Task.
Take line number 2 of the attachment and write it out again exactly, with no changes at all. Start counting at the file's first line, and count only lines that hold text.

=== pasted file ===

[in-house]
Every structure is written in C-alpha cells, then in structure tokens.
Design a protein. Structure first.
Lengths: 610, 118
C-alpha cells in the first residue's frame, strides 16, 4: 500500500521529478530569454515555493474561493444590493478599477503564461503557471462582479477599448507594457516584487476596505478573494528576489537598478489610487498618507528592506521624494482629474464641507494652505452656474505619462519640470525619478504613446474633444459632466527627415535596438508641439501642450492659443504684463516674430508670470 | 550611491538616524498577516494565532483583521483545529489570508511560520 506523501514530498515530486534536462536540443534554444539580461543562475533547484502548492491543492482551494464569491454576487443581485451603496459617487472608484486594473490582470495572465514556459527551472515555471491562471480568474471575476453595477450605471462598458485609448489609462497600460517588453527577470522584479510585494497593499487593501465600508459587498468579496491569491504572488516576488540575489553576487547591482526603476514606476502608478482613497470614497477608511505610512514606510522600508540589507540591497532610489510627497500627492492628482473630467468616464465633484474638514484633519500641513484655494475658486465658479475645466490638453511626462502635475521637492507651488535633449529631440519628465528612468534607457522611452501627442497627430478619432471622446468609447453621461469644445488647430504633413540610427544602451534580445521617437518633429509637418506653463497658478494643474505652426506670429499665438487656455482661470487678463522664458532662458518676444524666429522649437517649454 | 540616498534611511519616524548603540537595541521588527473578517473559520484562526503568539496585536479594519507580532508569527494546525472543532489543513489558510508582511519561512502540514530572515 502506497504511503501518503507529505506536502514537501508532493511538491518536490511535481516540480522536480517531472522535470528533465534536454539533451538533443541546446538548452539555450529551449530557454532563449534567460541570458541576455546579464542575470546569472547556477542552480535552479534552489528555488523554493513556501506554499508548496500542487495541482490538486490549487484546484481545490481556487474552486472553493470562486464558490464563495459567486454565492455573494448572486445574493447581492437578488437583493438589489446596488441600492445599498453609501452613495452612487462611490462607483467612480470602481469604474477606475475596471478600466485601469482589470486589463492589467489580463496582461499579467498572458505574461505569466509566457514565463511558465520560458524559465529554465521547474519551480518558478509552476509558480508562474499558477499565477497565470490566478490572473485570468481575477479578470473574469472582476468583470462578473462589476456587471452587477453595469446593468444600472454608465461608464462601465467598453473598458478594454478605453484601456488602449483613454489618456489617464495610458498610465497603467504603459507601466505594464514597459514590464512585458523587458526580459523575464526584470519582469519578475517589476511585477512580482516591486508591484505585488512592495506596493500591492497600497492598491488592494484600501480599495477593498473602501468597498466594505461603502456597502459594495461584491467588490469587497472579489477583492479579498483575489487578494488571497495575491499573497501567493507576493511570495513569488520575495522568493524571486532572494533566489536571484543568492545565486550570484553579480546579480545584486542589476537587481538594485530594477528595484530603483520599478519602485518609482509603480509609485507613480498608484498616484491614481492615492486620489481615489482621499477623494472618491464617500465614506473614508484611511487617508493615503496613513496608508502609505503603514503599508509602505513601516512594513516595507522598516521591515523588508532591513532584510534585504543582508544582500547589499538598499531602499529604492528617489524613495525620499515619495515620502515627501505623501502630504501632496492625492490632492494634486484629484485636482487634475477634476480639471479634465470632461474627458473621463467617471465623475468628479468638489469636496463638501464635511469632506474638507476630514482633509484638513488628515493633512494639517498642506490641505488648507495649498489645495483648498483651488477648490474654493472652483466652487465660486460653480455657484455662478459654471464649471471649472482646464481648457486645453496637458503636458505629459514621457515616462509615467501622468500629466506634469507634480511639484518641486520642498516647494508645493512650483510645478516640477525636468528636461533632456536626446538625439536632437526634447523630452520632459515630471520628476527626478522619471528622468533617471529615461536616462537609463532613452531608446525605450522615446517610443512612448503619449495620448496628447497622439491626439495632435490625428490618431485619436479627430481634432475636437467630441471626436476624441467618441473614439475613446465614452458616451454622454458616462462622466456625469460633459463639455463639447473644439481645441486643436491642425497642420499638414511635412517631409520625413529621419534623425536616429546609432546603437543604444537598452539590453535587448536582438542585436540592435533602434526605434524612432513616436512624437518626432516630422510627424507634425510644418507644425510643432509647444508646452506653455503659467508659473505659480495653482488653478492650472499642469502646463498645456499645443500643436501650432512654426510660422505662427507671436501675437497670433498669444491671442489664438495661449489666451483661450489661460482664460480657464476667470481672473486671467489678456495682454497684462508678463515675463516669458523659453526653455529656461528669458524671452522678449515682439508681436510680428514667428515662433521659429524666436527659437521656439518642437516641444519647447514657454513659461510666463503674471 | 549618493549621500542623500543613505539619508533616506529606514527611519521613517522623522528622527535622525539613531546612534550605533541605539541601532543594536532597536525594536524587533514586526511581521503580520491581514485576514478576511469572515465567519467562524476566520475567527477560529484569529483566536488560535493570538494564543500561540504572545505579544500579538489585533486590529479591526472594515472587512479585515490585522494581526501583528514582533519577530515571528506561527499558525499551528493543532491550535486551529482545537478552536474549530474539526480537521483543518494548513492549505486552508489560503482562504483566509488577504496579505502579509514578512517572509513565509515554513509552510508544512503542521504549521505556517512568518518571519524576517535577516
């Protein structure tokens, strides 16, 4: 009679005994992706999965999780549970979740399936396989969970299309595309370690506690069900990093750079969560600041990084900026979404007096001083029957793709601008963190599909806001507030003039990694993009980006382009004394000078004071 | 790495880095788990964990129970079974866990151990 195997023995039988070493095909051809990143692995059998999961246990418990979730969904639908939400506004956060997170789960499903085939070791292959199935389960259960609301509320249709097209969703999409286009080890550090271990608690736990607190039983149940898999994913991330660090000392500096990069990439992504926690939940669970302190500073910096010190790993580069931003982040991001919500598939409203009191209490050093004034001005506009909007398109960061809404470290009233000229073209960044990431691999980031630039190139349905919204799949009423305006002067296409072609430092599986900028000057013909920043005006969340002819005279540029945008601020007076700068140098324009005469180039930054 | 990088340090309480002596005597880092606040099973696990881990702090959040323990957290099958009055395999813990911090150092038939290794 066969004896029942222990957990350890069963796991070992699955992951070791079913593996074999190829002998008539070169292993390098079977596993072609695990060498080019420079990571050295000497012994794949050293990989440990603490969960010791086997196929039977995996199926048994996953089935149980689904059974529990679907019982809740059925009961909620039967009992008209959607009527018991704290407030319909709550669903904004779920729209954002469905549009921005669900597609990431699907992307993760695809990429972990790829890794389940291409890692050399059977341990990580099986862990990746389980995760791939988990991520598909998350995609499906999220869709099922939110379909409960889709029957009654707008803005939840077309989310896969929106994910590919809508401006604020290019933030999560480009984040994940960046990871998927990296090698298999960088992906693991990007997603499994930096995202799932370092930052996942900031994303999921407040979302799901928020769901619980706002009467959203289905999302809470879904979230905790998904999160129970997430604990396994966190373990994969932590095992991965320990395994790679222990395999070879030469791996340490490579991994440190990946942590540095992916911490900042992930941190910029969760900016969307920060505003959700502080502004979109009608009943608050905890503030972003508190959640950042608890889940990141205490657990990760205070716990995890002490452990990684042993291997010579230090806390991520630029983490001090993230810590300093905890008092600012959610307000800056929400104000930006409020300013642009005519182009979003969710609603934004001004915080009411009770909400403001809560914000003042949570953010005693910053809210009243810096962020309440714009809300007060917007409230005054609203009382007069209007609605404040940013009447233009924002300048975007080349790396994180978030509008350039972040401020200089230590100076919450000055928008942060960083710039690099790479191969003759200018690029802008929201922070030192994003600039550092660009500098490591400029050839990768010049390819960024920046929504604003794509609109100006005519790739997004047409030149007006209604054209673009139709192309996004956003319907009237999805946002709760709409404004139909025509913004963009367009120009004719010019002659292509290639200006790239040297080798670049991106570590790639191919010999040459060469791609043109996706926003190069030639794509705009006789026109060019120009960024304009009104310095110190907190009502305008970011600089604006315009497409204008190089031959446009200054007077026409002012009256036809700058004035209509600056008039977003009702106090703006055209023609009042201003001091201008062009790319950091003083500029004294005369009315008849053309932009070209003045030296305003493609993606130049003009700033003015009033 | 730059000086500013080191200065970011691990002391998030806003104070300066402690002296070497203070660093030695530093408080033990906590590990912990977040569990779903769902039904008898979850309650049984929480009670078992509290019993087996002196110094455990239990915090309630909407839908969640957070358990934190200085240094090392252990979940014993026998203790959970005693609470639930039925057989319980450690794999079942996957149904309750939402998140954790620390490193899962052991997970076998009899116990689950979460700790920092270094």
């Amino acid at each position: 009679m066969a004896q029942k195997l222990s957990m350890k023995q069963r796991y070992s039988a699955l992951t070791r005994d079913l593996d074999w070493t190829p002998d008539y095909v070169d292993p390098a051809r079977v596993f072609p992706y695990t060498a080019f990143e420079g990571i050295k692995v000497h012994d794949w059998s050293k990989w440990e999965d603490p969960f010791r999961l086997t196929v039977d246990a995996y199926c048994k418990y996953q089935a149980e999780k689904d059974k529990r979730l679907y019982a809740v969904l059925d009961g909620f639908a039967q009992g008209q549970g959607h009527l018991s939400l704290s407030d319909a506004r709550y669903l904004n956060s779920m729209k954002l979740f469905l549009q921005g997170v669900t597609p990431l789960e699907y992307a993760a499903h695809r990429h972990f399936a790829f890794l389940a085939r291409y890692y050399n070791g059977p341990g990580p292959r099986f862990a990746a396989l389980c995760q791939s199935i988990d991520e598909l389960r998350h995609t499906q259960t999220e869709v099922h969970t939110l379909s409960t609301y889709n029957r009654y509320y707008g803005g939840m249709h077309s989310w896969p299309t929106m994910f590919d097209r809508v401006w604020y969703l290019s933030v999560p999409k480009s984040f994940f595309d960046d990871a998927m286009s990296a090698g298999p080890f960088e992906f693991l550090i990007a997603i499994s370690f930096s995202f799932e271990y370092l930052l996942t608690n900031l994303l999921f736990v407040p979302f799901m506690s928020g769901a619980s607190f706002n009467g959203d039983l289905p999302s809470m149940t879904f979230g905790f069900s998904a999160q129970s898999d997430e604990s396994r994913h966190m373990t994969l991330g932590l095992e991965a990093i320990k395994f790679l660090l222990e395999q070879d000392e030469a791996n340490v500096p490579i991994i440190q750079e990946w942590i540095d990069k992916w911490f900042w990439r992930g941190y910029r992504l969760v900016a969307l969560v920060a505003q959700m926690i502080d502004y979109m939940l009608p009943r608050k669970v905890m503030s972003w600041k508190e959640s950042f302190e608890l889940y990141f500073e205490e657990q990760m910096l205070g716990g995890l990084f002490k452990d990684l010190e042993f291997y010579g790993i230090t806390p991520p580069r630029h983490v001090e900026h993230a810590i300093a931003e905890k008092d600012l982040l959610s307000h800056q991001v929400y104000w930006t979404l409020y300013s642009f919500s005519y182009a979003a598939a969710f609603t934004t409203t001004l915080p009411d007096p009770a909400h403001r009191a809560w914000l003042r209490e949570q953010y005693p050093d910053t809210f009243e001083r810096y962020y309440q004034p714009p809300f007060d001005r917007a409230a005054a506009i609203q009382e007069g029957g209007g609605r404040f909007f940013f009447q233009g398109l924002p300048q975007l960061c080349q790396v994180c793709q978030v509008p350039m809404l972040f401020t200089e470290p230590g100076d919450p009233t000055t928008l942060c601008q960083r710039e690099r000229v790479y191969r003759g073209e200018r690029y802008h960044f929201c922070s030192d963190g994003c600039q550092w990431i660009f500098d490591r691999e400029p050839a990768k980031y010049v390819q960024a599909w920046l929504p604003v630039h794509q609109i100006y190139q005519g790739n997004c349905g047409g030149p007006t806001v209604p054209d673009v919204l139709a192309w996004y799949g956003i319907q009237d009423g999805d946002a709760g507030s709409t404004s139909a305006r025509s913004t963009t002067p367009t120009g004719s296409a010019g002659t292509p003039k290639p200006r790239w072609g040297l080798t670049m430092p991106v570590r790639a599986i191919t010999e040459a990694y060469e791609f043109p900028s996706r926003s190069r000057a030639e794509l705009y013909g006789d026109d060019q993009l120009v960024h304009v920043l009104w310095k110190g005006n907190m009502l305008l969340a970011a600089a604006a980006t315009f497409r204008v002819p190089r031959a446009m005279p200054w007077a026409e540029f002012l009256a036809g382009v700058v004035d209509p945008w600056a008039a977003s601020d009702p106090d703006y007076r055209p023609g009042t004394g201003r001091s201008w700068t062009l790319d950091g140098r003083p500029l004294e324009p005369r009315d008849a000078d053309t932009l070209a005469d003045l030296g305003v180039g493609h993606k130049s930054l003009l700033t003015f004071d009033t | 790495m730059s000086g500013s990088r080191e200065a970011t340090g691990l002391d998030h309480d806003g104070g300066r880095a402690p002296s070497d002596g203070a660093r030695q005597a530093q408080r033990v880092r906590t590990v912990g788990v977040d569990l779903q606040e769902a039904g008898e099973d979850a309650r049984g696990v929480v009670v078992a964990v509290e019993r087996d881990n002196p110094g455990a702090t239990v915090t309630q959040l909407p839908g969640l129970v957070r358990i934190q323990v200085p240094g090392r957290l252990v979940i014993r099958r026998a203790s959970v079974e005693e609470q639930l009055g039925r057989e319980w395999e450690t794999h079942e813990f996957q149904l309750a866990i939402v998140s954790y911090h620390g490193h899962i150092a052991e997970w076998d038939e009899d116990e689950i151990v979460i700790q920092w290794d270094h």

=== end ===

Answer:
Every structure is written in C-alpha cells, then in structure tokens.